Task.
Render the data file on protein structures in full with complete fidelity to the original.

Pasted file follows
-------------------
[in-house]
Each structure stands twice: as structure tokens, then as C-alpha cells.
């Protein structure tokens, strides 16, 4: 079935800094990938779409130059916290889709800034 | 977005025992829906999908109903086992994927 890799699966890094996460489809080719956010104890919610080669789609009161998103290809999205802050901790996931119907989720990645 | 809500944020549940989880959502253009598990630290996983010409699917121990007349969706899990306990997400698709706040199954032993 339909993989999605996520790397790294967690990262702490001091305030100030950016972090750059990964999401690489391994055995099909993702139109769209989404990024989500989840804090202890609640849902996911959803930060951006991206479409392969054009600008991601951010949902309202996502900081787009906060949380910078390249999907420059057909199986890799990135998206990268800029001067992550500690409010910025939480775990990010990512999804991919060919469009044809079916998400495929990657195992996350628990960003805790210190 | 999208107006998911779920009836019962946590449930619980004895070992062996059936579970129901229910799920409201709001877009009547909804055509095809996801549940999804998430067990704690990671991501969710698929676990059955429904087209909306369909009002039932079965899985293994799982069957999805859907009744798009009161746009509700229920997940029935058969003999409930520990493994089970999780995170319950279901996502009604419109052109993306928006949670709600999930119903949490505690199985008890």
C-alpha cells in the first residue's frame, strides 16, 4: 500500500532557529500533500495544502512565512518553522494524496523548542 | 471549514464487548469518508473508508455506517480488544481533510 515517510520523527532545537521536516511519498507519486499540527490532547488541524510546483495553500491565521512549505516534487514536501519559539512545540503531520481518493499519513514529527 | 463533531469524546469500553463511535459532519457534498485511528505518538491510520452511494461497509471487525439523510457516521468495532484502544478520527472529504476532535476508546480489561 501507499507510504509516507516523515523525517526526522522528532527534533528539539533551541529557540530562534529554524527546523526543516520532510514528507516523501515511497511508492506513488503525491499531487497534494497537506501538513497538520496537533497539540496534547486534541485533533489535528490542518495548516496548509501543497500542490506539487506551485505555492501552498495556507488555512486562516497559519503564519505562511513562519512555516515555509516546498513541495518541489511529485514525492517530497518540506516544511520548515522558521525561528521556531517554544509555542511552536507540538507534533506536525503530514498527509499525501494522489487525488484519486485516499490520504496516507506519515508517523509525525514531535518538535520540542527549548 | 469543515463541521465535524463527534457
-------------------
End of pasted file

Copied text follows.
[in-house]
Each structure stands twice: as structure tokens, then as C-alpha cells.
């Protein structure tokens, strides 16, 4: 079935800094990938779409130059916290889709800034 | 977005025992829906999908109903086992994927 890799699966890094996460489809080719956010104890919610080669789609009161998103290809999205802050901790996931119907989720990645 | 809500944020549940989880959502253009598990630290996983010409699917121990007349969706899990306990997400698709706040199954032993 339909993989999605996520790397790294967690990262702490001091305030100030950016972090750059990964999401690489391994055995099909993702139109769209989404990024989500989840804090202890609640849902996911959803930060951006991206479409392969054009600008991601951010949902309202996502900081787009906060949380910078390249999907420059057909199986890799990135998206990268800029001067992550500690409010910025939480775990990010990512999804991919060919469009044809079916998400495929990657195992996350628990960003805790210190 | 999208107006998911779920009836019962946590449930619980004895070992062996059936579970129901229910799920409201709001877009009547909804055509095809996801549940999804998430067990704690990671991501969710698929676990059955429904087209909306369909009002039932079965899985293994799982069957999805859907009744798009009161746009509700229920997940029935058969003999409930520990493994089970999780995170319950279901996502009604419109052109993306928006949670709600999930119903949490505690199985008890």
C-alpha cells in the first residue's frame, strides 16, 4: 500500500532557529500533500495544502512565512518553522494524496523548542 | 471549514464487548469518508473508508455506517480488544481533510 515517510520523527532545537521536516511519498507519486499540527490532547488541524510546483495553500491565521512549505516534487514536501519559539512545540503531520481518493499519513514529527 | 463533531469524546469500553463511535459532519457534498485511528505518538491510520452511494461497509471487525439523510457516521468495532484502544478520527472529504476532535476508546480489561 501507499507510504509516507516523515523525517526526522522528532527534533528539539533551541529557540530562534529554524527546523526543516520532510514528507516523501515511497511508492506513488503525491499531487497534494497537506501538513497538520496537533497539540496534547486534541485533533489535528490542518495548516496548509501543497500542490506539487506551485505555492501552498495556507488555512486562516497559519503564519505562511513562519512555516515555509516546498513541495518541489511529485514525492517530497518540506516544511520548515522558521525561528521556531517554544509555542511552536507540538507534533506536525503530514498527509499525501494522489487525488484519486485516499490520504496516507506519515508517523509525525514531535518538535520540542527549548 | 469543515463541521465535524463527534457